Falafel (Lebanon/France; 83 min.)

directed by: Michel Kammoun
starring: Elie Mitri, Issam Bou Khaled, Michel El Hourany

Bruce says: "Beirut was once known as the Paris of the Middle East. Now, partly in ruins, Beirut is missing the tourists but the joie de vive still survives. FALAFEL explores the city through the wanderings of three friends during the course of one night, a dusk to dawn experience that captures the ambience, geography and ethnic mixture of Beirut. The central character in the story is Toufic (Elie Mitri), a university student who spends as little time at home as possible preferring his slacker friends to family. The one exception is his younger brother who is only about eight. Tou adores him.

"Stopping briefly at home for a quick change of clothes and some cash, Tou fusses over his mother and promises his brother a trip to the movies the following day. He is on the phone trying to find out whether Yasmin (Gabrielle Bou Rached), a girl he fancies, will be at the party at a friend’s apartment. At the party he does finally hookup with Yasmin but shortly after they connect there is an incident in the building parking lot involving one of Tou’s friends. A BMW driver is accusing Rehda of scratching his car. When Tou comes to Rehda’s defense a fist fight erupts and Tou gets bloodied by superficial scratches. But it is Tou’s ego that is fractured. He and his friends Nino (Michel El Hourany) and Abboudi (Issam Bou Khaled) decide to hunt down the BMW bully. The night’s adventures include encounters with merchants, the police, casino gamblers, pole dancers and a gun dealer. Tou gets separated from his friends and finishes his adventure on his own.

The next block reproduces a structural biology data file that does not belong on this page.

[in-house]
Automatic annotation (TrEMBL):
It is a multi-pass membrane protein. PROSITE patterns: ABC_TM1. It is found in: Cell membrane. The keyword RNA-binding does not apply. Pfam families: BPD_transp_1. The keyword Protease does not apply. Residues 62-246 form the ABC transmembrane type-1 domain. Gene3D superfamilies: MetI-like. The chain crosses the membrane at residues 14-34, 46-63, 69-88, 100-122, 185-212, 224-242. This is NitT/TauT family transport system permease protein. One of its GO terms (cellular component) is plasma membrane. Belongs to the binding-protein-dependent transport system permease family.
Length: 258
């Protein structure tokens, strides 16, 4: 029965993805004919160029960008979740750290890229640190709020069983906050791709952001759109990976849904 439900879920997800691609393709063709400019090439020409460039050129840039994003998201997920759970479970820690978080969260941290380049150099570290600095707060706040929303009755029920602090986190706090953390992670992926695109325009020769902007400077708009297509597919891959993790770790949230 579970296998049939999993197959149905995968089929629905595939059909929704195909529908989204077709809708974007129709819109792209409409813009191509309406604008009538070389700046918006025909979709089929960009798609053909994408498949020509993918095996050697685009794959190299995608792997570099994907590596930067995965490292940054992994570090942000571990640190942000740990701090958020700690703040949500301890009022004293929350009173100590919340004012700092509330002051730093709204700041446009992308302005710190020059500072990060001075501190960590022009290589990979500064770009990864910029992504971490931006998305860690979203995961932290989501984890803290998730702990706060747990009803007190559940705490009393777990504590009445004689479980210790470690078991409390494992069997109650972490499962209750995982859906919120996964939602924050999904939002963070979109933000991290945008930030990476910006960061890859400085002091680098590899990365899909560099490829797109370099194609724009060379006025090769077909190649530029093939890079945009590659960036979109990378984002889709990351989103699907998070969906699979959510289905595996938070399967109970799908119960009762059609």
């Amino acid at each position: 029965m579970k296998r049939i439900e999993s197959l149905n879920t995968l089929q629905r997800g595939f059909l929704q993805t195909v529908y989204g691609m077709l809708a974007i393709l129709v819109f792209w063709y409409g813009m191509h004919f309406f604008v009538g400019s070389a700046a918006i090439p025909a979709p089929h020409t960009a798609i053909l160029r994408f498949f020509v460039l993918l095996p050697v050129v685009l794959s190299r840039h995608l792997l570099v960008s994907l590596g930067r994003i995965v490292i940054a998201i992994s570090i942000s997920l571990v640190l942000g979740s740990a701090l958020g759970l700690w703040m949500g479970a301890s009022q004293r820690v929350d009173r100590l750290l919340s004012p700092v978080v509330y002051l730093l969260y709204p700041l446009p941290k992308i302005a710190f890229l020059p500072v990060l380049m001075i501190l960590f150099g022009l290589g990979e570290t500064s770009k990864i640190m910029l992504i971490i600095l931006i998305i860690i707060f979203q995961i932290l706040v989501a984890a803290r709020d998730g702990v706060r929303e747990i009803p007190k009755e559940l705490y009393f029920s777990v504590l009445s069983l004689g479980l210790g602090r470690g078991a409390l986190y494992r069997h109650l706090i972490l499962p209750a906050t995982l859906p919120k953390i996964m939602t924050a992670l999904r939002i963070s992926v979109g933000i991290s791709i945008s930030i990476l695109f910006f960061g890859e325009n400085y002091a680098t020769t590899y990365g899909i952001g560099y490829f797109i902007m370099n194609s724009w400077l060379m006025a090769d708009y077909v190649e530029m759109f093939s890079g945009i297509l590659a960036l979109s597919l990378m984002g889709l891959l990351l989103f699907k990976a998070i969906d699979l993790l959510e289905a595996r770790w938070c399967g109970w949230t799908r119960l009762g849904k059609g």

"FALAFEL explores the human instincts which allow young men to fall easily into violence. Using a circular structure within his narrative line, director Kammoum presents a story where young men face constant tension amid the fading beauty of the city in which they live. Their lust for life allows them to surf above the social and political problems at a frantic pace only youth can maintain. FALAFEL is fraught with unfulfilled promises and shattered dreams; the ultimate truth is revealed only at the end. 4 cats

"FALAFEL was screened at the 2007 Tribeca Film Festival"